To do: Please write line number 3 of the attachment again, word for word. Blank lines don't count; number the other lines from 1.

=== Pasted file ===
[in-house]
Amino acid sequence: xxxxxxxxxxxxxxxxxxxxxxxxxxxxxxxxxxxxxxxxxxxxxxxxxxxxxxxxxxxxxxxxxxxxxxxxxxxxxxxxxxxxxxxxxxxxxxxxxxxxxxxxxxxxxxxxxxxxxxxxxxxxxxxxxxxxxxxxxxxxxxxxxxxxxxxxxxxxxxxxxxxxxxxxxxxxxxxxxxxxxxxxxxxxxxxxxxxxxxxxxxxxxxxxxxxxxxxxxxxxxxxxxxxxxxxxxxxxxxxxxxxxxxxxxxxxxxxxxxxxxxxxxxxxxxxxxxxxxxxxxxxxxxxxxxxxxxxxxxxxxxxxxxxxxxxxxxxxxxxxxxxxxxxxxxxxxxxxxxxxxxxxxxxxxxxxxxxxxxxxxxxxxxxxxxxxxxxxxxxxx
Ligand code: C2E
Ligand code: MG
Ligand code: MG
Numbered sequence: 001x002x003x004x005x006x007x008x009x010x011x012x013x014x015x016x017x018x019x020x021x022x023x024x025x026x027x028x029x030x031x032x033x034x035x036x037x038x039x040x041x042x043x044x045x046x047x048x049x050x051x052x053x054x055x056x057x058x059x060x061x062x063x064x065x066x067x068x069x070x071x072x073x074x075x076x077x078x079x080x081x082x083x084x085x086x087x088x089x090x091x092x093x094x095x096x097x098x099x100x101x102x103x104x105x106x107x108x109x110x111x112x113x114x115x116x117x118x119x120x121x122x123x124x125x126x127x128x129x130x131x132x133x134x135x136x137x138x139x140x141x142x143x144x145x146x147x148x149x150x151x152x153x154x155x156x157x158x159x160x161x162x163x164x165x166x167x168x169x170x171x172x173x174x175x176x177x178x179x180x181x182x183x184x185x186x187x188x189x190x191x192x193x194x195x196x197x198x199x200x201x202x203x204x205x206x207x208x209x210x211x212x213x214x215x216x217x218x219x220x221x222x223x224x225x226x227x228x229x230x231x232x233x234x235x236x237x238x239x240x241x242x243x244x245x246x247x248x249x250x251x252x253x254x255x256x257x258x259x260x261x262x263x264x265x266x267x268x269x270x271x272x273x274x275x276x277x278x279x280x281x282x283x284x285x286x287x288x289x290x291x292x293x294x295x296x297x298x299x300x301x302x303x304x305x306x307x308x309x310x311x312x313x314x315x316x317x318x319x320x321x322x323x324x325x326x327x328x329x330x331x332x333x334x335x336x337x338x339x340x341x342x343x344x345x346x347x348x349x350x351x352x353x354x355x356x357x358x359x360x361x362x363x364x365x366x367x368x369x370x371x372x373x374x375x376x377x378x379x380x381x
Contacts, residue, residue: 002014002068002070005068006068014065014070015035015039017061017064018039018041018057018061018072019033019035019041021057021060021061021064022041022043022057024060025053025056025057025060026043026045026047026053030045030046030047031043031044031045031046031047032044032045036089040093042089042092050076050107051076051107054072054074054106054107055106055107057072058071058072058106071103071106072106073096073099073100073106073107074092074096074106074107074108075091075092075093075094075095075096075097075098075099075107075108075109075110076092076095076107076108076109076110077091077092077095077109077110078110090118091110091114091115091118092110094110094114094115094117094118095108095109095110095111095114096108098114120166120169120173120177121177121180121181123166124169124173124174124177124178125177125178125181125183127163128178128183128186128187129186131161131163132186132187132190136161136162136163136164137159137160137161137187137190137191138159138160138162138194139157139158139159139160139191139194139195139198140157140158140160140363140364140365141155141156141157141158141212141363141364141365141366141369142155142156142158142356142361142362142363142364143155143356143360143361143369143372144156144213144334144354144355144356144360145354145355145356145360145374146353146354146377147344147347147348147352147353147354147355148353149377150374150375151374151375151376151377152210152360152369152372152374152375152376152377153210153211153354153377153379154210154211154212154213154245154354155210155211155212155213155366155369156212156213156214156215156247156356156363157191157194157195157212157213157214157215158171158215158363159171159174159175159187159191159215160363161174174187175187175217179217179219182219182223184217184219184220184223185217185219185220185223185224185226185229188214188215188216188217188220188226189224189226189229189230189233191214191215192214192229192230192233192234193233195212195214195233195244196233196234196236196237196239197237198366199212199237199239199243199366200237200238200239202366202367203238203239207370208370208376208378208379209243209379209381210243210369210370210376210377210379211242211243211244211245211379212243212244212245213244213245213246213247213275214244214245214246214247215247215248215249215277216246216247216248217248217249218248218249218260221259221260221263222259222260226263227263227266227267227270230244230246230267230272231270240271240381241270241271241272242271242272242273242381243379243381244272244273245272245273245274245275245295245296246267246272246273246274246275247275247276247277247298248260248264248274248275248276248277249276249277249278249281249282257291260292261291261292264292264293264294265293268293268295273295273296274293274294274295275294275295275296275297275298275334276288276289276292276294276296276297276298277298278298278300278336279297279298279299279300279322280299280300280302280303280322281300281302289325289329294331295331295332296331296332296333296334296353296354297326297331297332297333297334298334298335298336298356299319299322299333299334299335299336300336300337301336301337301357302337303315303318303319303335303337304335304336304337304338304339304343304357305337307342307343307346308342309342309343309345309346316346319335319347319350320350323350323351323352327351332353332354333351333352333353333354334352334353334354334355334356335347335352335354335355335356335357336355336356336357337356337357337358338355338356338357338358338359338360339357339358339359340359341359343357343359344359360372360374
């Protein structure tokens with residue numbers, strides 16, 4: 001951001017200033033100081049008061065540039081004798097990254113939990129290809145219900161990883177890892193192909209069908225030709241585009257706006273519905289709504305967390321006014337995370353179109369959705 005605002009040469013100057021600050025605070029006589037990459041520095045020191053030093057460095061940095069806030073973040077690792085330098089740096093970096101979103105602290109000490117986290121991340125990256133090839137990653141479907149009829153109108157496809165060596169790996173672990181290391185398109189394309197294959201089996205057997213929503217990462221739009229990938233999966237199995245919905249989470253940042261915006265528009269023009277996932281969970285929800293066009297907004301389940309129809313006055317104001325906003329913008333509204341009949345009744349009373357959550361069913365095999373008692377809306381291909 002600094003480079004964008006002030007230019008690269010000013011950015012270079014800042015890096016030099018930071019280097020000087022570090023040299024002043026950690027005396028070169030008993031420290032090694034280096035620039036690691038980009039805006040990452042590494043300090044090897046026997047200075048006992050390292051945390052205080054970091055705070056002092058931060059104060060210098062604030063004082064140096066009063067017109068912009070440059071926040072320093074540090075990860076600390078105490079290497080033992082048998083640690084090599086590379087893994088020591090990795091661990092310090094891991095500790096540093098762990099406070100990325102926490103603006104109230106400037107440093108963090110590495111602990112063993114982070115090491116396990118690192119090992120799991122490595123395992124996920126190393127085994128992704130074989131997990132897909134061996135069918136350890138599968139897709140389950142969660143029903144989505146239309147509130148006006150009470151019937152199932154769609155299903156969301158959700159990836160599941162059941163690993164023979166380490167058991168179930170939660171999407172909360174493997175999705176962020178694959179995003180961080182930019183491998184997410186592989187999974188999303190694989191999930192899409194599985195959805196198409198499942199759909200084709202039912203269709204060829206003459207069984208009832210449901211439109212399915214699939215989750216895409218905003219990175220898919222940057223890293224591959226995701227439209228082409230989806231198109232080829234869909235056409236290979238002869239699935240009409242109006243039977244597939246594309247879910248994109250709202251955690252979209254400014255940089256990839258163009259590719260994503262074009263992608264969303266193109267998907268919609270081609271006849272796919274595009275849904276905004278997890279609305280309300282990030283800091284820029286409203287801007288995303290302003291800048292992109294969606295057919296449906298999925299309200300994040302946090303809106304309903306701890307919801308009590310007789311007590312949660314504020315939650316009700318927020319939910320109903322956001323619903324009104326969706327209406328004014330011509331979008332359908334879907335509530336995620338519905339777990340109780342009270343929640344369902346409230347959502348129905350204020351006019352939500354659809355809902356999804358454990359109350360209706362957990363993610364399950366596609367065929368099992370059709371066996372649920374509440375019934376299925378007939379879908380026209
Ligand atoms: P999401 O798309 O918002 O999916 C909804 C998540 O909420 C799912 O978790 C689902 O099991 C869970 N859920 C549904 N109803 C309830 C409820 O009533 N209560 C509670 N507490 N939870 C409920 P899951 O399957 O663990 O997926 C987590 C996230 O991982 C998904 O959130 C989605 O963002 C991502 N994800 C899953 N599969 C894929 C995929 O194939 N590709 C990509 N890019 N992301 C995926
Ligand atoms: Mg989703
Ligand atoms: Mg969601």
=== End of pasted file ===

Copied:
Ligand code: C2E